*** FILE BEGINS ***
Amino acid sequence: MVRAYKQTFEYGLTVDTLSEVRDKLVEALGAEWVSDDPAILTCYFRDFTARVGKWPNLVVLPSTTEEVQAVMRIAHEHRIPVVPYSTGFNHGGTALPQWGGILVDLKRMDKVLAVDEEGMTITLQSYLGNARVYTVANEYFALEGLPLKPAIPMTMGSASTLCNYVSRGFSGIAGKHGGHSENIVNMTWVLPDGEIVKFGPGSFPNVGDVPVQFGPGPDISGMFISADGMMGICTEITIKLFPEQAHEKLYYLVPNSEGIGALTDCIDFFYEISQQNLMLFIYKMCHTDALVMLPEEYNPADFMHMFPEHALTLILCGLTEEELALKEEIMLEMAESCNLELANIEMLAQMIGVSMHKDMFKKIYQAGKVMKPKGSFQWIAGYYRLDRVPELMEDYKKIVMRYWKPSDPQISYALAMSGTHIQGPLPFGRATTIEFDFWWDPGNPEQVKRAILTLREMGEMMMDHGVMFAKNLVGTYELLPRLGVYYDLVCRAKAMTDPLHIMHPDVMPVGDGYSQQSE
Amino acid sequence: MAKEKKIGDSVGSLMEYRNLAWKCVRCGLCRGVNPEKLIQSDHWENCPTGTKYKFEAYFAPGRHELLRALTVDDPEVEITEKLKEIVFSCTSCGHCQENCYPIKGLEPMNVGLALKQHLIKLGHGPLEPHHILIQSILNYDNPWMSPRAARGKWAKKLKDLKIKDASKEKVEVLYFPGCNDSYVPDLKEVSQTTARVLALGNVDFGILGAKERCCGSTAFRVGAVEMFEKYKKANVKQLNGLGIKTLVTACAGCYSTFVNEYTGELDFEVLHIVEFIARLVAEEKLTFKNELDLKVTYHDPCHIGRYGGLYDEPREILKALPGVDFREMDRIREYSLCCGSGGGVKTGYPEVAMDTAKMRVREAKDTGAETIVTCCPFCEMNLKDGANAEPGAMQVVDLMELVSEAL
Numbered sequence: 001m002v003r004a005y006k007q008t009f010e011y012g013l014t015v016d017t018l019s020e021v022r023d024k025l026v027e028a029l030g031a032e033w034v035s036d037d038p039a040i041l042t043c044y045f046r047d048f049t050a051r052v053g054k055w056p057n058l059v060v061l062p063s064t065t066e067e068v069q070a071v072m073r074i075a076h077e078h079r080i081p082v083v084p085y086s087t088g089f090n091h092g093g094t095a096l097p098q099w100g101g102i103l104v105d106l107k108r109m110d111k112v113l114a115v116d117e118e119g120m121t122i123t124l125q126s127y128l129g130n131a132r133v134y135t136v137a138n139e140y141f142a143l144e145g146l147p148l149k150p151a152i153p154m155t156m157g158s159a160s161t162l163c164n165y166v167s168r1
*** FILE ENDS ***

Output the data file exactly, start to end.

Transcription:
Amino acid sequence: MVRAYKQTFEYGLTVDTLSEVRDKLVEALGAEWVSDDPAILTCYFRDFTARVGKWPNLVVLPSTTEEVQAVMRIAHEHRIPVVPYSTGFNHGGTALPQWGGILVDLKRMDKVLAVDEEGMTITLQSYLGNARVYTVANEYFALEGLPLKPAIPMTMGSASTLCNYVSRGFSGIAGKHGGHSENIVNMTWVLPDGEIVKFGPGSFPNVGDVPVQFGPGPDISGMFISADGMMGICTEITIKLFPEQAHEKLYYLVPNSEGIGALTDCIDFFYEISQQNLMLFIYKMCHTDALVMLPEEYNPADFMHMFPEHALTLILCGLTEEELALKEEIMLEMAESCNLELANIEMLAQMIGVSMHKDMFKKIYQAGKVMKPKGSFQWIAGYYRLDRVPELMEDYKKIVMRYWKPSDPQISYALAMSGTHIQGPLPFGRATTIEFDFWWDPGNPEQVKRAILTLREMGEMMMDHGVMFAKNLVGTYELLPRLGVYYDLVCRAKAMTDPLHIMHPDVMPVGDGYSQQSE
Amino acid sequence: MAKEKKIGDSVGSLMEYRNLAWKCVRCGLCRGVNPEKLIQSDHWENCPTGTKYKFEAYFAPGRHELLRALTVDDPEVEITEKLKEIVFSCTSCGHCQENCYPIKGLEPMNVGLALKQHLIKLGHGPLEPHHILIQSILNYDNPWMSPRAARGKWAKKLKDLKIKDASKEKVEVLYFPGCNDSYVPDLKEVSQTTARVLALGNVDFGILGAKERCCGSTAFRVGAVEMFEKYKKANVKQLNGLGIKTLVTACAGCYSTFVNEYTGELDFEVLHIVEFIARLVAEEKLTFKNELDLKVTYHDPCHIGRYGGLYDEPREILKALPGVDFREMDRIREYSLCCGSGGGVKTGYPEVAMDTAKMRVREAKDTGAETIVTCCPFCEMNLKDGANAEPGAMQVVDLMELVSEAL
Numbered sequence: 001m002v003r004a005y006k007q008t009f010e011y012g013l014t015v016d017t018l019s020e021v022r023d024k025l026v027e028a029l030g031a032e033w034v035s036d037d038p039a040i041l042t043c044y045f046r047d048f049t050a051r052v053g054k055w056p057n058l059v060v061l062p063s064t065t066e067e068v069q070a071v072m073r074i075a076h077e078h079r080i081p082v083v084p085y086s087t088g089f090n091h092g093g094t095a096l097p098q099w100g101g102i103l104v105d106l107k108r109m110d111k112v113l114a115v116d117e118e119g120m121t122i123t124l125q126s127y128l129g130n131a132r133v134y135t136v137a138n139e140y141f142a143l144e145g146l147p148l149k150p151a152i153p154m155t156m157g158s159a160s161t162l163c164n165y166v167s168r1